Regardless of the program that an agency adopts, some sort of fitness program will enhance officer health, increase employee morale, and increase safety on the street when that employee engages in physical combat or foot chases. The onus of fitness is certainly the responsibility of each individual in any workplace, but providing an environment that integrates fitness into the workplace is a great way to support and maintain a culture of health within an agency.

Beyond exercise, being well-rested is another important building block that contributes to overall health and safety. Unfortunately, the police culture is one where lack of sleep due to extended hours and shift work has become the norm. Unfortunately, lack of sleep is strongly connected to officer safety on the street.


Overtired officers are more likely to fall asleep at the wheel and make poor judgments. Our jobs are challenging enough, but trying to do them while exhausted is a recipe for injury and death. Some strategies for improving alertness and reducing exhaustion are establishing maximum work limits per day, monitoring overtime and detail hours, and requiring approval for secondary jobs.


Exercise and sleep are lifestyle choices that will greatly impact an employee’s ability to be safe on the streets. There are some other, even simpler and often overlooked steps that can also impact physical safety. All personnel should ensure they wear protective gear when handling people and hazardous materials such as blood or saliva. Communicable diseases from bodily fluids need to be taken seriously.


Also, officers are frequently out in the weather, directing traffic, on foot patrol, or on bike patrol.


Wearing sunblock is an essential barrier of protection. Knowledge and use of good body mechanics regarding lifting heavy items is also important.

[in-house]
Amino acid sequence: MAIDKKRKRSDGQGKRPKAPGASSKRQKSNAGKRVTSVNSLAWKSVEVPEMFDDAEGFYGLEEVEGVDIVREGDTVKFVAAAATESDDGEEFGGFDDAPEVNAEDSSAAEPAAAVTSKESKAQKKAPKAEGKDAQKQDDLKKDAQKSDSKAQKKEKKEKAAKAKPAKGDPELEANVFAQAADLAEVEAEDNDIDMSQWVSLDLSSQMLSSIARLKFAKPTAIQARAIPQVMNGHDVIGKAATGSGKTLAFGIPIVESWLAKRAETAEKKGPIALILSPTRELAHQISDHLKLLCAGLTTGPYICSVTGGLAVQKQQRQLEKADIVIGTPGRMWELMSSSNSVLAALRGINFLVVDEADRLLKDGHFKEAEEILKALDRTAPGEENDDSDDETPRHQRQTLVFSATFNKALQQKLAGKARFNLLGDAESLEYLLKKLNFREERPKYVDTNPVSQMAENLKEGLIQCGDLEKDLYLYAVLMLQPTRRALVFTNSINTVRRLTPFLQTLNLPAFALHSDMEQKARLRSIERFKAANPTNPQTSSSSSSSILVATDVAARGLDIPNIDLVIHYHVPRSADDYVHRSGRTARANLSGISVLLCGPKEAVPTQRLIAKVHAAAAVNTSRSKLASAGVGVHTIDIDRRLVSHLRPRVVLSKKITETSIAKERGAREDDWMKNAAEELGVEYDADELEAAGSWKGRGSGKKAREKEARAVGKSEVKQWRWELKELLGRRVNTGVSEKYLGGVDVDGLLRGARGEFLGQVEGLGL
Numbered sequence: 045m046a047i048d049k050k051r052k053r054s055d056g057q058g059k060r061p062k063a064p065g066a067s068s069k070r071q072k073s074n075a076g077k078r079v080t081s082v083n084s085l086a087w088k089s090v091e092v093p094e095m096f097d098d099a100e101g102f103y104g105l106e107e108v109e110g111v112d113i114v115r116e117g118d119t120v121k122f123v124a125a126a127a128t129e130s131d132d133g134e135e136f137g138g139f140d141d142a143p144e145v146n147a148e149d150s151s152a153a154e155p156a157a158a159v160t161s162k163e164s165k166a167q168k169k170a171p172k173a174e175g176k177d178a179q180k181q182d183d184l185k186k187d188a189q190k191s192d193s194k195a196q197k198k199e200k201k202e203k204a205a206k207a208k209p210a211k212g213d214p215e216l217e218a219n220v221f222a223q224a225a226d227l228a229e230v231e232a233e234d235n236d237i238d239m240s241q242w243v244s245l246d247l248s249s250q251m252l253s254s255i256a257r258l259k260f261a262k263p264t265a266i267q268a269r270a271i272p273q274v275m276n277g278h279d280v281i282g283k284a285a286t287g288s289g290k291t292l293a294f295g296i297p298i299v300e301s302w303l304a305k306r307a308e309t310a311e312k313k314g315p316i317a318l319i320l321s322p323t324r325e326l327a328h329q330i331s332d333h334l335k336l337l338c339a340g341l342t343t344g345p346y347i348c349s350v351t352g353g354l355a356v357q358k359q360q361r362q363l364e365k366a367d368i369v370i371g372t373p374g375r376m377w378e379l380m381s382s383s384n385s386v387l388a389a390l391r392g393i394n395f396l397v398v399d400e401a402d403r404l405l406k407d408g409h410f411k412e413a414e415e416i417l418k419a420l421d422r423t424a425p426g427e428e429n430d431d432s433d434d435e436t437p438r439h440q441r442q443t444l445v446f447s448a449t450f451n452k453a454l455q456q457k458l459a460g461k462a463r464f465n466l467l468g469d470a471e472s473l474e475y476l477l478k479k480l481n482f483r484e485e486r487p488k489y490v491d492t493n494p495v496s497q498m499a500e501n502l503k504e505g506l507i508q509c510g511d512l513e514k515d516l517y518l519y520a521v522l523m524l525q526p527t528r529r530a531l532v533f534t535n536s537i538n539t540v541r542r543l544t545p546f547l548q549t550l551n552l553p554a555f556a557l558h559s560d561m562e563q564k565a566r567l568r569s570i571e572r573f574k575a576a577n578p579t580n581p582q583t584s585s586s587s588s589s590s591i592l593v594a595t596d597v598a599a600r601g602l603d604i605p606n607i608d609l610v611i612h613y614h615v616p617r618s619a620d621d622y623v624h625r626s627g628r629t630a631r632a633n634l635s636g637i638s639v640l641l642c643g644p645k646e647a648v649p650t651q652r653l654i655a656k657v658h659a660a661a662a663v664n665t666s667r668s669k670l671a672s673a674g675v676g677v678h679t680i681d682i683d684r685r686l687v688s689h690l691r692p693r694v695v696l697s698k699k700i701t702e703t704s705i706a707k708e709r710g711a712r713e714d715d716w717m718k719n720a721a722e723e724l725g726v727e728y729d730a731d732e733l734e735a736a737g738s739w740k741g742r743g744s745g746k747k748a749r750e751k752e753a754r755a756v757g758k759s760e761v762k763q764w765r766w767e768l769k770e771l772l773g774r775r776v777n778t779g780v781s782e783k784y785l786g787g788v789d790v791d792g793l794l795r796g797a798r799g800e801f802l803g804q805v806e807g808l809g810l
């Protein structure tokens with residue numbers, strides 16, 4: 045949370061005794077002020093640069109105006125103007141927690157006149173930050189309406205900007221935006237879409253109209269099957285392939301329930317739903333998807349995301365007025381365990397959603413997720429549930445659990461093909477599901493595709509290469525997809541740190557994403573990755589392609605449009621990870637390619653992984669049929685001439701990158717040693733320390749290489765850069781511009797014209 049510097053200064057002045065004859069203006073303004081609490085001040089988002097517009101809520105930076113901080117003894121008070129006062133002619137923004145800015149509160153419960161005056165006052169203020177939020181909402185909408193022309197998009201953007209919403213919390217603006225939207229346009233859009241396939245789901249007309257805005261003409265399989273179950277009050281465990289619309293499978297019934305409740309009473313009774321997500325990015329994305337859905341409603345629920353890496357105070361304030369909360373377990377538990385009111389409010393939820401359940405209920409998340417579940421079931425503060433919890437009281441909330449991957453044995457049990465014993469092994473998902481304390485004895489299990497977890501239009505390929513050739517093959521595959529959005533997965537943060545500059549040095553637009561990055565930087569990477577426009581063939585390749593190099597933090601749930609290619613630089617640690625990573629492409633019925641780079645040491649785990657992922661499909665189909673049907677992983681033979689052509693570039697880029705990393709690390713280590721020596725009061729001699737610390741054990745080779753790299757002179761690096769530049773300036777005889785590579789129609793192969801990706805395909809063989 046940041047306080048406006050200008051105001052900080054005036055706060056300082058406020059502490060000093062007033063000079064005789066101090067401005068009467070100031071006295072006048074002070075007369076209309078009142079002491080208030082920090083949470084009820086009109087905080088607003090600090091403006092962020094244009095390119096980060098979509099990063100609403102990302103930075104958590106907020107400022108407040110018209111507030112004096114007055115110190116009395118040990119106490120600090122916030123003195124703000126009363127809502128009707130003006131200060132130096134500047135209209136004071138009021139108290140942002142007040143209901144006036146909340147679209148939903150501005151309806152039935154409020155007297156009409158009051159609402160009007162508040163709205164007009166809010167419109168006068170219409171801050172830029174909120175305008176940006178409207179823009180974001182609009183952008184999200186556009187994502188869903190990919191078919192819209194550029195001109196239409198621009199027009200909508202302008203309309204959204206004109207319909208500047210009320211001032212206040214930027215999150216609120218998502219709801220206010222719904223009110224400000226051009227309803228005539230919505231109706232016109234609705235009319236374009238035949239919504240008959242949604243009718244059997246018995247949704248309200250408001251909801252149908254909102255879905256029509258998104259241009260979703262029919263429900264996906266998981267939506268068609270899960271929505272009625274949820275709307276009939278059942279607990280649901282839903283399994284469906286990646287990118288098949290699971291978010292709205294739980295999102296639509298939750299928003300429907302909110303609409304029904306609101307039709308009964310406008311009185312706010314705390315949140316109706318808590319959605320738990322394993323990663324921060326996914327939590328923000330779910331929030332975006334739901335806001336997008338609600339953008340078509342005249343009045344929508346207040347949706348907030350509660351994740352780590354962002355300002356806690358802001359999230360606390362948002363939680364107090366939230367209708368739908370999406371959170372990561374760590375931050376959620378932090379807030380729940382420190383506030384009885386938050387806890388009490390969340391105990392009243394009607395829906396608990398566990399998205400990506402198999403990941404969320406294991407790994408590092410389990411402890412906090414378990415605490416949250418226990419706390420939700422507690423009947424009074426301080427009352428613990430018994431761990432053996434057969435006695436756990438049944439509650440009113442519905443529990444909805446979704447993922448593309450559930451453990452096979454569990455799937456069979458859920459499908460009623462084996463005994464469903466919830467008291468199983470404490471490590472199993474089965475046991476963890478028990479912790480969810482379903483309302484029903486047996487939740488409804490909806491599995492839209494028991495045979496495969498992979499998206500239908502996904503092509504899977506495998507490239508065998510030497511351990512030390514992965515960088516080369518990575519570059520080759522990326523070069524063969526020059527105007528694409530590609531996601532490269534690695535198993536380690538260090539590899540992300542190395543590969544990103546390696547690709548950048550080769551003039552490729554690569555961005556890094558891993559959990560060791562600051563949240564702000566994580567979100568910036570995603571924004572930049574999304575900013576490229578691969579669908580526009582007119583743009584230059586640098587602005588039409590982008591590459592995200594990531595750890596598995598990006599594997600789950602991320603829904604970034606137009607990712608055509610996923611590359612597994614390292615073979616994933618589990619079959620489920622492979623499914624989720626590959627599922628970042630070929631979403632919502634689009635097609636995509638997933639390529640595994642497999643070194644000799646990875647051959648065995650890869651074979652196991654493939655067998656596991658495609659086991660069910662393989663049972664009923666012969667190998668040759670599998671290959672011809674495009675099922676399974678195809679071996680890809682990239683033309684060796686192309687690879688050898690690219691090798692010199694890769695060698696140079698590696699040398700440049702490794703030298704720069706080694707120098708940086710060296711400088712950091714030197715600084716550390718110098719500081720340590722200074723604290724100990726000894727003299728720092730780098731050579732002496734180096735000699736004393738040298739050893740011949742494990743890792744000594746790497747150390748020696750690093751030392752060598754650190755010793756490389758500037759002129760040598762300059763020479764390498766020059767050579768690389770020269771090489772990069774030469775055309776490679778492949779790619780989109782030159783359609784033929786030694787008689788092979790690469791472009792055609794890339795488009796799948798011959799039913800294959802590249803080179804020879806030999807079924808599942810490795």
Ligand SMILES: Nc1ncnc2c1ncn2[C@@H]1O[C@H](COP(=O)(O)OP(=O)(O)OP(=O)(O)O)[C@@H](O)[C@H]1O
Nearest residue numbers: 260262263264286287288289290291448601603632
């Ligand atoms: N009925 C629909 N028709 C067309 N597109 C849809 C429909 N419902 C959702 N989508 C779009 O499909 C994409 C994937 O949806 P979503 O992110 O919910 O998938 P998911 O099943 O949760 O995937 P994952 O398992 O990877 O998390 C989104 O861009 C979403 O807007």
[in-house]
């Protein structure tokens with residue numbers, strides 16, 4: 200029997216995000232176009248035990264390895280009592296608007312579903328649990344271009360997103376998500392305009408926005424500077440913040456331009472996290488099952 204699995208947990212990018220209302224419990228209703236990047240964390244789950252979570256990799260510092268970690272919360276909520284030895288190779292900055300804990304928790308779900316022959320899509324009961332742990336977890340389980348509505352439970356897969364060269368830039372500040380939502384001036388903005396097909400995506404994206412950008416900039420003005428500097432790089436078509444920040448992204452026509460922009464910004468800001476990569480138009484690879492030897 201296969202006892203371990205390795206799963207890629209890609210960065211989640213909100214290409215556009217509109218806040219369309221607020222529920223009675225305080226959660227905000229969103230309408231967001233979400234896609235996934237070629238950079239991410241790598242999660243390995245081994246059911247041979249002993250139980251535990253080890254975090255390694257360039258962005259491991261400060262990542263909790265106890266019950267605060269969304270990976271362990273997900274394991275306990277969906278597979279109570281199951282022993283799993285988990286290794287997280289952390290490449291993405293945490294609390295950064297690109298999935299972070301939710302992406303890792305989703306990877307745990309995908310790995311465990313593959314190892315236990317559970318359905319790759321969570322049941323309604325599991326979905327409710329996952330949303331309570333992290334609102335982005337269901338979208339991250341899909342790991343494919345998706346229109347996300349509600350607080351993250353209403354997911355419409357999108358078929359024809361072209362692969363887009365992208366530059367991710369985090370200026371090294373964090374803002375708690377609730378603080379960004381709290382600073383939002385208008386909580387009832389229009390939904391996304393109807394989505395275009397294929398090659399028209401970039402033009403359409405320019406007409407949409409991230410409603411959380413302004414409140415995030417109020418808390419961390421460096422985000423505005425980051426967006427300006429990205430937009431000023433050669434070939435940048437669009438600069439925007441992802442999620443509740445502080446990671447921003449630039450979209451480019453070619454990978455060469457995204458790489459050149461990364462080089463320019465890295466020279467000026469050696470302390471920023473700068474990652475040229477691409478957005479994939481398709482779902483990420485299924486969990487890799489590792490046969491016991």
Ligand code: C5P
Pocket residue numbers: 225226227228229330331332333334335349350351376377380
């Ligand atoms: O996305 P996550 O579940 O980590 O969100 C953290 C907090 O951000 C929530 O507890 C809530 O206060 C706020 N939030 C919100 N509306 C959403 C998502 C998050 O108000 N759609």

Mental Health Issues

Perhaps one of the most overlooked areas of police safety is that of mental health and wellness. Although there was some movement toward implementing new programs into police departments in the 1990s, the events of 9-11 brought public attention to the fact that first responders sometimes face after-event challenges such as PTSD, depression, and anxiety. This recognition thrust forward a variety of programs designed to respond to the mental health needs of public safety professionals.


Peer Support Teams (PST) within police agencies typically consist of a small group of police officers who have volunteered to be part of the team. Once selected, they attend a specialized training to provide them with the information they need to serve as a Peer Supporter. They are then available to meet with fellow employees who may be facing challenges in their personal lives, struggling with substance abuse, or even feeling the need to vent frustrations from within the workplace.


Critical Incident Stress Debriefings typically occur shortly after a specific incident. The first responders, sometimes divided by public service agency and sometimes not, then meet and talk about their experiences. The session typically is led by a licensed mental health professional who has specialized training in this area. Some events require multiple sessions and some require just one. The concept was developed in order to allow first responders to have a safe environment in which to share their feelings about their experiences and to support each other.

Thoughtful management practices go a long way. Anyone who has ever worked in a job environment that was poorly managed understands the connection between bad management and leadership and the resulting mental health consequences. Examples of poor leadership and supervision include poor communication, unfairness, disrespectful treatment, bullying, negativity, and many others.


For the department as a whole, these problem areas will result in low morale, poor retention, and ultimately, poor community service. For the individual, these issues are likely to result in stress, anxiety, depression, and anger. These stressors can then contribute to physical ailments such as general illness, headaches, ulcers, muscle aches, insomnia, heart problems, and increased blood pressure.

Comprehensive wellness programs are the future of any success police department that is seeking to improve and maintain morale, attract and retain employees, and to keep individual employees safe and alive. As police administrators, we should not limit our scope of employee safety to tactical street skills and firearms trainings. Instead, we should consider all the other components that can play a role in deadly encounters. The only way to protect our personnel is to embrace the concept of comprehensive safety and to design and implement strategies that target the many contributing factors to officer injury and death.


Jody Kasper has been with the Northampton Police Department since 1998 and is currently a Lieutenant. She is an adjunct professor at Elms College and the author of the books,

Progressive Police Supervision: A simple and effective approach for managing a police agency


Improving Motivation and Morale: A police leader’s guide

. She can be reached at:

Published in Law and Order, Feb 2015